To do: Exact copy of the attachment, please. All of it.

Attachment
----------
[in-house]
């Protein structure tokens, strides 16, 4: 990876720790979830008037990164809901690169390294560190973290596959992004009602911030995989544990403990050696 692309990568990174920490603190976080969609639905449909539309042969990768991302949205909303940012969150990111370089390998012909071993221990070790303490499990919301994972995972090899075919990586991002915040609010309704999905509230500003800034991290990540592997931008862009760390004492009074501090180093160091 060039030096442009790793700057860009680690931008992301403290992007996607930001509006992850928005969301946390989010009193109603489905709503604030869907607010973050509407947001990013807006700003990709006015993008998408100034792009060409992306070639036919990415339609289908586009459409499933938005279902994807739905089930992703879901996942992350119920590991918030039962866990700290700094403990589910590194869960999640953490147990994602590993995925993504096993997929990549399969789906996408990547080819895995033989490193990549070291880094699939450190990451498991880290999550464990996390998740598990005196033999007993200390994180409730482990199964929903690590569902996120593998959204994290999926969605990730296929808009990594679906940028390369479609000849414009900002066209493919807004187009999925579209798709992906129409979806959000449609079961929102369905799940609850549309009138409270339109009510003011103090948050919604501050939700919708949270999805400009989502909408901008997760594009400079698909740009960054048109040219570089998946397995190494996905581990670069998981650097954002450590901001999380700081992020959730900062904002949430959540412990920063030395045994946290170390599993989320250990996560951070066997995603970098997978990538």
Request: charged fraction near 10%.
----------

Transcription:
[in-house]
């Protein structure tokens, strides 16, 4: 990876720790979830008037990164809901690169390294560190973290596959992004009602911030995989544990403990050696 692309990568990174920490603190976080969609639905449909539309042969990768991302949205909303940012969150990111370089390998012909071993221990070790303490499990919301994972995972090899075919990586991002915040609010309704999905509230500003800034991290990540592997931008862009760390004492009074501090180093160091 060039030096442009790793700057860009680690931008992301403290992007996607930001509006992850928005969301946390989010009193109603489905709503604030869907607010973050509407947001990013807006700003990709006015993008998408100034792009060409992306070639036919990415339609289908586009459409499933938005279902994807739905089930992703879901996942992350119920590991918030039962866990700290700094403990589910590194869960999640953490147990994602590993995925993504096993997929990549399969789906996408990547080819895995033989490193990549070291880094699939450190990451498991880290999550464990996390998740598990005196033999007993200390994180409730482990199964929903690590569902996120593998959204994290999926969605990730296929808009990594679906940028390369479609000849414009900002066209493919807004187009999925579209798709992906129409979806959000449609079961929102369905799940609850549309009138409270339109009510003011103090948050919604501050939700919708949270999805400009989502909408901008997760594009400079698909740009960054048109040219570089998946397995190494996905581990670069998981650097954002450590901001999380700081992020959730900062904002949430959540412990920063030395045994946290170390599993989320250990996560951070066997995603970098997978990538």
Request: charged fraction near 10%.